Things I Think…

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10 Responses

  1. Em Wegemer, says:

    # 10… True

  2. Linn says:

    All of the above! If we can’t talk civilly to each other, we’ll never get anywhere with anything. And, Christians should be the first to jump into dialog mode.

  3. Jean says:

    “we are ‘ministers of reconciliation’ “

    Someone even said “peacemakers.”

  4. Captain Kevin says:

    #6 – Didn’t we used to refer to them as chaplains?

  5. Michael says:


    I’m sure there are still paid chaplains, but I’ve never seen one in all my time in the hospital.

    I brought my oil stock with me to anoint Trey and his mom…and felt like I should go through the whole packed ER and offer the same to the suffering.

    I’m not sure how the hospital would look at that…

  6. JD says:

    I have known plenty of chaplains over the years. Just as corrupted as anything unfortunately.

  7. Dan from Georgia says:

    Long before I married my wife, she was hospitalized for a while. She had a Pastor who would come to her room and serve her communion and also recite the Lord’s Prayer with her. This is the same Pastor that married us back in 2010. He has since “retired” from being a Pastor but I absolutely cannot imagine him not still ministering to people with his presence.

  8. Jtk says:

    I semi regularly go into the ER waiting room to pray for the sick and/or injured, who are strangers, mostly because it is across the street from the university where I evangelize. I’ve prayed more for people who’s directly asked me to pray for them there, or pray for someone there in a coma whom they know.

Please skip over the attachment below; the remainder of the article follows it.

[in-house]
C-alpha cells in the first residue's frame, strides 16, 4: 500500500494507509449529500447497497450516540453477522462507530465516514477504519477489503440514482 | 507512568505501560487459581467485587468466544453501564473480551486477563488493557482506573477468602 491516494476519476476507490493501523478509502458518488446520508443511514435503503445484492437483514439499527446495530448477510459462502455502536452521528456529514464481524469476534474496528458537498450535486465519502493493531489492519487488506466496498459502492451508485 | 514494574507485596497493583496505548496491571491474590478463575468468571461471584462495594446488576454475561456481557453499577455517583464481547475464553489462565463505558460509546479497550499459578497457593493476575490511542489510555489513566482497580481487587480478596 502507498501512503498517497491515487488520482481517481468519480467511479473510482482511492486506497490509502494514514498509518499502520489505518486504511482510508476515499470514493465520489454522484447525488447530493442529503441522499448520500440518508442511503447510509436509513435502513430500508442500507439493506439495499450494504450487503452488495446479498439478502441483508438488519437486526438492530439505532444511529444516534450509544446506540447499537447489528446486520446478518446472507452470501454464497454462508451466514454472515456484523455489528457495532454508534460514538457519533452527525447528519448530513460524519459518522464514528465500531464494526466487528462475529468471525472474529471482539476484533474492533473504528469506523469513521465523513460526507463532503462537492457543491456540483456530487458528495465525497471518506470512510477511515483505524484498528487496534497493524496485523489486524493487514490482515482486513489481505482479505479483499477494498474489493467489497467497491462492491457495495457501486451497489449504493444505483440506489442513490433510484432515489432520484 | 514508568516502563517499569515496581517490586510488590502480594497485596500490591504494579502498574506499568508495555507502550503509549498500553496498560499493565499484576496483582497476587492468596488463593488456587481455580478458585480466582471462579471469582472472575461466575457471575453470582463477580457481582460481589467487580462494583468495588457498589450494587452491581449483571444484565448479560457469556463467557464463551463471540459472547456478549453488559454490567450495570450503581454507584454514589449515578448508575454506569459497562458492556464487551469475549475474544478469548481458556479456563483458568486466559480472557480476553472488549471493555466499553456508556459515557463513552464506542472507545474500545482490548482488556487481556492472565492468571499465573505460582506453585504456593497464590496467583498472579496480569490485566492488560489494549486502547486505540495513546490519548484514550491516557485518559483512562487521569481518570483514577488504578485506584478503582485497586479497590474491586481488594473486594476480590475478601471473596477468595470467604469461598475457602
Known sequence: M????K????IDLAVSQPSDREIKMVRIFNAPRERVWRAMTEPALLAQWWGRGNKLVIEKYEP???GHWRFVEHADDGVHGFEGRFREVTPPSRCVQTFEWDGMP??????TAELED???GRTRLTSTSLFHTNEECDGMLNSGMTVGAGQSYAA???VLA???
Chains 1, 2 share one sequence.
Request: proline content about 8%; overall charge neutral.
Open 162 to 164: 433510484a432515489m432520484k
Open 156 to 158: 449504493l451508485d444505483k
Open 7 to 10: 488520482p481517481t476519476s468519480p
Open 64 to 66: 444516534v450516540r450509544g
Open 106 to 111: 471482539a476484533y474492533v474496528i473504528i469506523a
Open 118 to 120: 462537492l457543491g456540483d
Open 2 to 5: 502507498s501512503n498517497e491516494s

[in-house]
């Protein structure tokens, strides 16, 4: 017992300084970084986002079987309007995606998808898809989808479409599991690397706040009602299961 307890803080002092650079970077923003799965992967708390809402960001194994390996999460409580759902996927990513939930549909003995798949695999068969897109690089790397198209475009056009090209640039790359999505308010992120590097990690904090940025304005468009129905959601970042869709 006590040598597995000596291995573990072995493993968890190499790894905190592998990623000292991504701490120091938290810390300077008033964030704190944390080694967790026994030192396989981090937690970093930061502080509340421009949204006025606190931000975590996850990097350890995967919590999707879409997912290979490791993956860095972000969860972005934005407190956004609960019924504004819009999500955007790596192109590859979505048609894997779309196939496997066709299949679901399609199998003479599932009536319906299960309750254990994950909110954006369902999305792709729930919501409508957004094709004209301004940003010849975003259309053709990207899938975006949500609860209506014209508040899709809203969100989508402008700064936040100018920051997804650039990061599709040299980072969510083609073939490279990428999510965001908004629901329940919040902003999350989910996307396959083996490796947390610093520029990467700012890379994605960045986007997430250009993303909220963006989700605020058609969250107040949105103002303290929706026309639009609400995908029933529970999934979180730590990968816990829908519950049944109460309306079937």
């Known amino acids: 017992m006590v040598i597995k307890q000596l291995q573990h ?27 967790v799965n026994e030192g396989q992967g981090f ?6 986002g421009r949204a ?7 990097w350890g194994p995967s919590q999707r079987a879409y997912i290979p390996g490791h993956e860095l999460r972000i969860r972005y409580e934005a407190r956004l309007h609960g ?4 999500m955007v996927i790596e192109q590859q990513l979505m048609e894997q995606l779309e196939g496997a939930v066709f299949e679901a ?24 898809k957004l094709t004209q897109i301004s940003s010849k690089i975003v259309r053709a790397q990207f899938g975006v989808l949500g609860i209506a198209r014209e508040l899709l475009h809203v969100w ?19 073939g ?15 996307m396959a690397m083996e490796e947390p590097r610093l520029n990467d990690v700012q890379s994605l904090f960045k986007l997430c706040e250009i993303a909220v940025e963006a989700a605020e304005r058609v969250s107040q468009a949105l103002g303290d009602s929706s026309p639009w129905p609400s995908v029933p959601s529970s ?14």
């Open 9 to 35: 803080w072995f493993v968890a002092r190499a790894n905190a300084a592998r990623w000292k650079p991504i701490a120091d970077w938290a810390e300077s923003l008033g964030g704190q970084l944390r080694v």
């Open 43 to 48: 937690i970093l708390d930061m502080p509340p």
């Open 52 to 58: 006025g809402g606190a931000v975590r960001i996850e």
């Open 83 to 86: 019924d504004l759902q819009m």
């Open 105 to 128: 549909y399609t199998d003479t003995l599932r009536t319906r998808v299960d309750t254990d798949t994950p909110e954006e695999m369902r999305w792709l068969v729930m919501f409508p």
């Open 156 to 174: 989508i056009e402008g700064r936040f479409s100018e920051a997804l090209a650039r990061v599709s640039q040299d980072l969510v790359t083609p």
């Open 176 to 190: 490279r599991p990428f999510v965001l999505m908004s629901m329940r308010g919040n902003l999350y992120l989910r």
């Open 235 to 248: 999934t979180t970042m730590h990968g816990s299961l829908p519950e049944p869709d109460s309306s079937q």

I don’t know my “track record” 😂, but then scant reports I have are somewhat encouraging but pretty small. I have seen miracles.

    COVID radically limited it, just as its limited ministry in various places, such as in jails and prisons.

    I don’t know how many others do so.

    I will add, some very discouraging encounters happens when people who are themselves very sick or their relatives are (a college student who had both parents dealing with terminal cancer), don’t want you to pray for them at all.

    I know many pastors do visitation, but I don’t know what the overall situation looks like.

    A friend who prays for the sick has had some amazing results is an ER Doctor; very cool how he combines the science and faith in Jesus!

  9. Jtk says:

    Michael, I wonder re: the hospital. I try to hear from God about who to pray for. Who knows how effective I am at properly hearing.

    The two chaplains I met at our hospital were not Christians; the head guy was a humanist.

  10. Michael says:


    Bless you.
    I’m not as interested in healings as I am in letting people know that Jesus is with them…letting the suffering know He is present and cares.
    May your tribe increase…

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